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Jan 20th, 2022 Share: Share on Twitter Share on Facebook Share on LinkedIn

Thinking About “Thinking Outside of the Box”

There hardly isn’t a week where not someone ushers the old adage of “let’s think outside of the box” in a meeting. I always found it a curious saying — for starters, I doubt our thoughts and ideas are confined by proverbial boxes. Further, it seems preposterous to assume people, if not encouraged to do otherwise, limit their thinking.

Instead of contemplating boxes, we might be better served to remind ourselves to actually think.

I find, most of the time, the problem is simply that we use mental shortcuts, analogs, and conjectures to come to our conclusion. Which is perfectly fine when you are operating in a stable, predictable environment. But today’s world is often neither stable nor predictable. Which means that shortcutting our thinking won’t, well, cut it anymore.

Next time you hear someone say “let’s think outside of the box”, or you might find yourself about to mutter these words — pause, and think a moment about thinking: Replace conjecture with factual knowledge, which typically means analyzing a situation from a first principles-basis, rigorously applying Occam’s razor, and using any (or many) of the tools inside of our mental models’ toolbox.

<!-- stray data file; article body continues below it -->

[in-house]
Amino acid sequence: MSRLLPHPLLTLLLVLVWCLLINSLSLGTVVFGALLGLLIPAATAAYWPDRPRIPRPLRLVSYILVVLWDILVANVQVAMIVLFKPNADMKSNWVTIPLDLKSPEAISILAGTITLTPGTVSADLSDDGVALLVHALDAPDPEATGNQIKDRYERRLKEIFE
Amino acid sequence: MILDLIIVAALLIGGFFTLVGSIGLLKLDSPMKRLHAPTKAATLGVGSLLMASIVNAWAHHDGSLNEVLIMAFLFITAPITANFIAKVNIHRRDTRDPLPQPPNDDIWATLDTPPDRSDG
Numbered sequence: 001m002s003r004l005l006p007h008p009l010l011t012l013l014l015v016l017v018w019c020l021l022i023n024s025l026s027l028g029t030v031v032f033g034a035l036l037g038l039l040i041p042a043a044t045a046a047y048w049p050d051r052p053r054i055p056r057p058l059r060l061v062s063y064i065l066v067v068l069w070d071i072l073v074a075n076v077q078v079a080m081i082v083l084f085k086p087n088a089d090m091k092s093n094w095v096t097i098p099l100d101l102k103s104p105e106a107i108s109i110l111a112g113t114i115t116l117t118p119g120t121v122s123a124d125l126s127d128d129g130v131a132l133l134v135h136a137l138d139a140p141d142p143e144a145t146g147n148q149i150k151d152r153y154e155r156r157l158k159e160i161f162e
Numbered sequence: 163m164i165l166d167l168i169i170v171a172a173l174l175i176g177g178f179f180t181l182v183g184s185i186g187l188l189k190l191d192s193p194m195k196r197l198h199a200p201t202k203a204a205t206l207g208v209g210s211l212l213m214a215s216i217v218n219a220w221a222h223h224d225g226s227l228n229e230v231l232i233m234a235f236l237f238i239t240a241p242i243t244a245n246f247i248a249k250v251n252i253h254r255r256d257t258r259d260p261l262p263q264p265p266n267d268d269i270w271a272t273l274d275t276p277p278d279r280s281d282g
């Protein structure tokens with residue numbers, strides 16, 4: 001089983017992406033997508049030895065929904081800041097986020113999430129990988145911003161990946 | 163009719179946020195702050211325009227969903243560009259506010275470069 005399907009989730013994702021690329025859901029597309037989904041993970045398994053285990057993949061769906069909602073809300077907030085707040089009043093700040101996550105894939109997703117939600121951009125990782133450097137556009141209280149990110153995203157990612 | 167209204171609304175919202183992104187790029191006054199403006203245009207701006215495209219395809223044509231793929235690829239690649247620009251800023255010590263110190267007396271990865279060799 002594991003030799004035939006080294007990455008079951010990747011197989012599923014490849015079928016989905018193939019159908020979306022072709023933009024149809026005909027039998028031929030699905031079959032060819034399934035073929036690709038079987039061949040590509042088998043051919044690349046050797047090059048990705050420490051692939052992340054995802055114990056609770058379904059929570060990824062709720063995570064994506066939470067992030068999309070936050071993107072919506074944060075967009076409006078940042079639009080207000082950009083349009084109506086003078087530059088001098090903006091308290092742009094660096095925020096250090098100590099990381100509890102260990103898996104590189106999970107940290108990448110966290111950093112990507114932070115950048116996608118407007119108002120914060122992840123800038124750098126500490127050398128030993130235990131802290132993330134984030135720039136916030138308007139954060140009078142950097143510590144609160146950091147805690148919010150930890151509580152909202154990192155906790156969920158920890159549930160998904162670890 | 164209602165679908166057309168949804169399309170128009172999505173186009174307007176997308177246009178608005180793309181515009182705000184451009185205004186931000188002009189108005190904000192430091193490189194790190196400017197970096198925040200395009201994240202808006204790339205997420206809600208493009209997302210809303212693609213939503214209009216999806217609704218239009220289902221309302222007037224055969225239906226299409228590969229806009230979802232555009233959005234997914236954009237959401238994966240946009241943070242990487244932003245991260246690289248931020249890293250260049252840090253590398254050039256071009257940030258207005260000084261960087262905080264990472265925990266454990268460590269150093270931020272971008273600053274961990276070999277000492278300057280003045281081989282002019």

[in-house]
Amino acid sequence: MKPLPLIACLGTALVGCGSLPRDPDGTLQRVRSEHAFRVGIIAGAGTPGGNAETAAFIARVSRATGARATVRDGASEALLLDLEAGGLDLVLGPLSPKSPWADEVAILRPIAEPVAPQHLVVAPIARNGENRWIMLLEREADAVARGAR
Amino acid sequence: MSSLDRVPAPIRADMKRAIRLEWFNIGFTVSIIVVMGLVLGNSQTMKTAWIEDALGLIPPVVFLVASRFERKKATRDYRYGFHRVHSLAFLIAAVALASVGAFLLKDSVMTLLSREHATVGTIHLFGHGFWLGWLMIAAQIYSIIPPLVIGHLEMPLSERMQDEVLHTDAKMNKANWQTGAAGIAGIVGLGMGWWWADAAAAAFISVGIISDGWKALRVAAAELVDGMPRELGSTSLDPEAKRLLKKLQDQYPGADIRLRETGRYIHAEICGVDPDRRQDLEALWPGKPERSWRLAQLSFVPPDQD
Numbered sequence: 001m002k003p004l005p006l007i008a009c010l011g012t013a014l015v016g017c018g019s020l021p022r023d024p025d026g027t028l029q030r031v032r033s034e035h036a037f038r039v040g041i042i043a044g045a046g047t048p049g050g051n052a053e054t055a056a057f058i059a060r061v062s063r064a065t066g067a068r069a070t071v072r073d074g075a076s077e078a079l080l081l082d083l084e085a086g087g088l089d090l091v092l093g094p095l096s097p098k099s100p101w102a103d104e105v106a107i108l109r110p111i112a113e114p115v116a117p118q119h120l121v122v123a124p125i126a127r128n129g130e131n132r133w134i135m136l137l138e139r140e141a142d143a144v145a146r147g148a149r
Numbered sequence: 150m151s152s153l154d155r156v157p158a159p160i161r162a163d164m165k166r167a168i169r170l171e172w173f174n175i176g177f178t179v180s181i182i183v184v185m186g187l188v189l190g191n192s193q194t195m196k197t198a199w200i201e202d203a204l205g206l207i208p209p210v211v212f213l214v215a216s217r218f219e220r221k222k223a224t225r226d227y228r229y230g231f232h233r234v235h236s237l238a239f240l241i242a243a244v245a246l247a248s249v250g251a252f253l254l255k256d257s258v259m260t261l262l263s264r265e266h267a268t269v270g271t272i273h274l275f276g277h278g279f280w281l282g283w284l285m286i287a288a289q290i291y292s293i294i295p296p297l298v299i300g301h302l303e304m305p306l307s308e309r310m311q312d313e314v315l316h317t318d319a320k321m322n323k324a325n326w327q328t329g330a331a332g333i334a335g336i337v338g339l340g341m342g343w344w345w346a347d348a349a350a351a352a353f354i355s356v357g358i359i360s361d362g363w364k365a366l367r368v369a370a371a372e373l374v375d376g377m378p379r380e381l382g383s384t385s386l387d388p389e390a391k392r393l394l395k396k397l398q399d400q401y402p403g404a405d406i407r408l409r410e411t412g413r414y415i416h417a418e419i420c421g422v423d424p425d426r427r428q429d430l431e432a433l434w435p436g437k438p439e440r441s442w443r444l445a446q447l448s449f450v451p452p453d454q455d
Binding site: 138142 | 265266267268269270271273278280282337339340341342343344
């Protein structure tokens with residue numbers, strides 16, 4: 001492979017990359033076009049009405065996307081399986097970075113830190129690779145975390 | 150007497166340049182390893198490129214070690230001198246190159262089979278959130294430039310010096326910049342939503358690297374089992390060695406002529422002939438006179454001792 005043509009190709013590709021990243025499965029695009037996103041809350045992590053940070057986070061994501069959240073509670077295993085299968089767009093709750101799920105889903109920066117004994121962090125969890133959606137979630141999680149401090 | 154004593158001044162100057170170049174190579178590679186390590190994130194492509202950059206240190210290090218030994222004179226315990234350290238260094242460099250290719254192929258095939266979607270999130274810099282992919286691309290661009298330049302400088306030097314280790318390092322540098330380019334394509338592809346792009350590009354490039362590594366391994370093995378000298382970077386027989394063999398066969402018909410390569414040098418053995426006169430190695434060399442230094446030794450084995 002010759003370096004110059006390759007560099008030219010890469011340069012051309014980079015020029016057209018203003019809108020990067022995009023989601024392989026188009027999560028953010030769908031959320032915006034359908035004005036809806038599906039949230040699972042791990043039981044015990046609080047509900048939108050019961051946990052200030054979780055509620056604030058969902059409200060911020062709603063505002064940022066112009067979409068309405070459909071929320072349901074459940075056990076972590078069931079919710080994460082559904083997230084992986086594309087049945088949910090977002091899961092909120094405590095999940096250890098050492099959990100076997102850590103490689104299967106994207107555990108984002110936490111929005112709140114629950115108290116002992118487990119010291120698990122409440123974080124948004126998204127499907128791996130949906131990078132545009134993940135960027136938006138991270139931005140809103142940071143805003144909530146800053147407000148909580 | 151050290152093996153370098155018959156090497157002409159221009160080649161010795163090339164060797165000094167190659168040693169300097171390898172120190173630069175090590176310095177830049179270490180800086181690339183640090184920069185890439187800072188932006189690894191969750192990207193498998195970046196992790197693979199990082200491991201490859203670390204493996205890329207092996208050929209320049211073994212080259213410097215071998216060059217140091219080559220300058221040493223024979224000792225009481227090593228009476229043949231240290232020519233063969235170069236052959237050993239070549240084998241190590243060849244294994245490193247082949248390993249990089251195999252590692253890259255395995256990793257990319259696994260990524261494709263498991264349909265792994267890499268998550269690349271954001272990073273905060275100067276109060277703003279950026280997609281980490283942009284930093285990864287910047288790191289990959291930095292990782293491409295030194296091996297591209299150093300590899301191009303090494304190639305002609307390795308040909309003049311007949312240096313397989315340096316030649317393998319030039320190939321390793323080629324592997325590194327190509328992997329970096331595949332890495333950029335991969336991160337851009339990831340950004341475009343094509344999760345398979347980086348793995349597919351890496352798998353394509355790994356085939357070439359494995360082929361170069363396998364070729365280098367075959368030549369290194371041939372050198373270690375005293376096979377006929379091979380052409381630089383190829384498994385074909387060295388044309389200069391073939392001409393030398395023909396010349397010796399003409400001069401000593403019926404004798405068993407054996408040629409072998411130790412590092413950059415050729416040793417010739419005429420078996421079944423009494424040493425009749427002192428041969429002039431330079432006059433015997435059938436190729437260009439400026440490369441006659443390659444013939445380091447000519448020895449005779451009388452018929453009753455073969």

Happy thinking my fellow Heretics!

Jan 13th, 2022

Leading Into and in the Unknown

I am writing this dispatch in the middle of the great COVID-19 Omicron Charlie Foxtrot. The WHO just shared the sobering news that they expect half of Europe to be infected within weeks, and the rest of the world doesn’t look much better off either. Meanwhile, the US is enjoying a whopping 7% inflation rate, the planet is getting hotter and hotter, the Marshall fire destroyed more than 1,000 homes a mere 5 miles south of where we reside, and we live through something Mays Business School professor Anthony Koltz dubbed “the great...

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Jan 3rd, 2022

Slow is Smooth and Smooth is Fast

There is an often quoted line from the doctrine of modern-day military special forces: Slow is smooth and smooth is fast. It refers to how special forces units move — instead of hastily running from cover to cover, the troops move in an intricate dance. Slowly, light footed, each person scanning a portion of the whole field, they make their way from cover to cover. It looks, indeed, smooth. And by doing so, these troops end up covering ground fast — whilst maximizing their security.

The same principle is at play in most sports. In rowing, you can jerk at the...

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Dec 14th, 2021

First Lesson of Marketing: Saddles versus Horseback Riding

In 2014 Stewart Butterfield, founder of Slack, wrote an internal memo to his fellow teammates, reminding them that Slack is new, different, and thus requires a unique approach in it’s go-to-market strategy. It was subsequently published by Stewart as a blog post on Medium — and heralded as an important primer in how one ought to think about building, launching and marketing a product. He titled the memo “We Don’t Sell Saddles Here”.

The core thesis of his memo is a good reminder of how we all ought to think about our products or services: We all...

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Dec 8th, 2021

Sometimes You Just Need To Be Okay With Yourself and the World